Small stable protein domains are attractive scaffolds for engineering affinity proteins due to their high tolerance to mutagenesis without loosing structural integrity. The albuminbinding domain is a 5 kDa three-helix bundle derived from the bacterial receptor Protein G with low-nanomolar affinity to albumin. In this thesis, the albumin-binding domain is explored as a scaffold for engineering novel affinity proteins with the possible benefit of combining a prolonged serum half-life with specific targeting in a single small scaffold protein. Previously, a library was created by randomizing surface-exposed residues in order to engineer affinity to a new target antigen in addition to the inherent albumin affinity. Here, phage display selections were separately performed against the tumor antigens ERBB2 and ERBB3. The ERBB3 selection resulted in a panel of candidates that were found to have varying affinities to ERBB3 in the nanomolar range, while still retaining a high affinity to albumin. Further characterization concluded that the clones also competed for binding to ERBB3 with the natural activating ligand Heregulin. The selections against ERBB2 resulted in sub-nanomolar affinities to ERBB2 where the binding site was found to overlap with the antibody Trastuzumab. The binding sites on ABD to albumin and either target were found in both selections to be mutually exclusive, as increased concentrations of albumin reduced the level of binding to ERBB2 or ERBB3. An affinity-matured ERBB2 binder, denoted ADAPT6, which lacked affinity to albumin was evaluated as a radionuclide-labeled imaging tracer for diagnosing ERBB2-positive tumors. Biodistribution studies in mice showed a high renal uptake consistent with affinity proteins in the same size range and the injected ADAPT quickly localized to the implanted tumor. High contrast images could be generated and ERBB2-expressing tissue could be distinguished from normal tissue with high contrast, demonstrating the feasibility of the scaffold for use as diagnostic tool. In a fourth study, affinity maturation strategies using staphylococcal cell-surface display were evaluated by comparing two replicate selections and varying the stringency. A sub-nanomolar target concentration was concluded to be inappropriate for equilibrium selection as the resulting output was highly variable between replicates. In contrast, equilibrium sorting at higher concentrations followed by kinetic-focused off-rate selection resulted in high output overlap between attempts and a clear correlation between affinity and enrichment.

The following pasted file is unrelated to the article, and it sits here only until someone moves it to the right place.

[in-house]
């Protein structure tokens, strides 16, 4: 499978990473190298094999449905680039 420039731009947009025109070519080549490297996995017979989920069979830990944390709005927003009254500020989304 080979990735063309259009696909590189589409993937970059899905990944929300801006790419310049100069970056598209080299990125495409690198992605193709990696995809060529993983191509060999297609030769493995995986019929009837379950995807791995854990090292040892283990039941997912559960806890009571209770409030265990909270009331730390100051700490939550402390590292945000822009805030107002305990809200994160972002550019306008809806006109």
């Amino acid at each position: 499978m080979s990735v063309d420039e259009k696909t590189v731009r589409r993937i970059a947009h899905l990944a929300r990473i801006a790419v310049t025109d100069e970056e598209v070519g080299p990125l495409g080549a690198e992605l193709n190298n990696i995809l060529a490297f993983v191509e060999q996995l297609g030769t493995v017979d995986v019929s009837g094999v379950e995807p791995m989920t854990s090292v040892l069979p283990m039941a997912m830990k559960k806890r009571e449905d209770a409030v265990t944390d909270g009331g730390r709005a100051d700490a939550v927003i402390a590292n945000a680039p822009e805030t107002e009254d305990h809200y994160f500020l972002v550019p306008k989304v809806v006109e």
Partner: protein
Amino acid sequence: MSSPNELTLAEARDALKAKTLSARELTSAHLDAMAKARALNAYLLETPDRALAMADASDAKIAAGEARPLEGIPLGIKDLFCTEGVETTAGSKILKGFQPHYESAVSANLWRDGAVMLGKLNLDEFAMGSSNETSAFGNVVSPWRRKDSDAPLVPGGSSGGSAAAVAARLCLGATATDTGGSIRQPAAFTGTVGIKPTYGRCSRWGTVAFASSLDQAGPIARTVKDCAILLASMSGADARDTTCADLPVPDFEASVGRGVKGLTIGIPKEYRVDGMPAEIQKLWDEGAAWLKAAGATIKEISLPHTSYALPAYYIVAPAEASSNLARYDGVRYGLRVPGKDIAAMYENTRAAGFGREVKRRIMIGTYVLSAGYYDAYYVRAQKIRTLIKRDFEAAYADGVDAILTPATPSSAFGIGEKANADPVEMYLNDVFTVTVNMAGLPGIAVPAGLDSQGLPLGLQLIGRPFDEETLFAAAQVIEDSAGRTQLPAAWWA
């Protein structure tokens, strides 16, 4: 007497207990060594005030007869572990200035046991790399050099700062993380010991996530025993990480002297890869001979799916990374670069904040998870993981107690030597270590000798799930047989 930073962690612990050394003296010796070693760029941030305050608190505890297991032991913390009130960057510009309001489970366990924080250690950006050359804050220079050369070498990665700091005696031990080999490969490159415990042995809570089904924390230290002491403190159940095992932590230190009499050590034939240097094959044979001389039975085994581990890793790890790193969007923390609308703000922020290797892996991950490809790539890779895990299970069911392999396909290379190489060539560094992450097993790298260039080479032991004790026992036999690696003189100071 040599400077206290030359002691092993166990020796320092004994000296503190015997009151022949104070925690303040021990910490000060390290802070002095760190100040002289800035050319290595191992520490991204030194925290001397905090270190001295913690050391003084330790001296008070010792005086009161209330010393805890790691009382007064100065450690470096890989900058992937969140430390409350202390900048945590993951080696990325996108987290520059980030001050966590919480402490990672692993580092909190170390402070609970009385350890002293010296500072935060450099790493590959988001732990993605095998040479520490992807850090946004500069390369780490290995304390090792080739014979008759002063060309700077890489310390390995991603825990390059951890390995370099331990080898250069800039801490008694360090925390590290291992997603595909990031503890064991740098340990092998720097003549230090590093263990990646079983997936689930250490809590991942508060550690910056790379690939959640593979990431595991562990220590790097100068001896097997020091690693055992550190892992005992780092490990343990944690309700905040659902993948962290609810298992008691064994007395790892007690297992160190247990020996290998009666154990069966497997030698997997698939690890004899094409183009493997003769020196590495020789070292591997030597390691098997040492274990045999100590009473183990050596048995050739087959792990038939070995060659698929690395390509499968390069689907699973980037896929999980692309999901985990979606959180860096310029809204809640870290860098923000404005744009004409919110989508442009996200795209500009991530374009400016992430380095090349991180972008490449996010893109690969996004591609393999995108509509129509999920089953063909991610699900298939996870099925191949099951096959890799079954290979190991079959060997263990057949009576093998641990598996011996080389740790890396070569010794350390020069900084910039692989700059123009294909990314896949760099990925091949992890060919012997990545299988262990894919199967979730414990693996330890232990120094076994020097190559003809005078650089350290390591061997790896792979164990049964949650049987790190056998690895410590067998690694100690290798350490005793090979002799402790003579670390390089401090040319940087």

Place, publisher, year, edition, pages
Stockholm: KTH Royal Institute of Technology, 2016. xii, 72 p.
TRITA-BIO-Report, ISSN 1654-2312 ; 9
ABD, ADAPT, Protein G, ERBB2, ERBB3, Directed evolution, phage display, staphylococcal display, bispecific
National Category
Medical Biotechnology (with a focus on Cell Biology (including Stem Cell Biology), Molecular Biology, Microbiology, Biochemistry or Biopharmacy)
Research subject
urn:nbn:se:kth:diva-186279 (URN)978-91-7595-983-2 (ISBN)
Public defence
2016-06-03, Q2, Osquldas väg 10, Q-huset, våningsplan 2, KTH Campus, Stockholm, 15:21 (English)

QC 20160510

Available from: 2016-05-10 Created: 2016-05-09 Last updated: 2016-05-16Bibliographically approved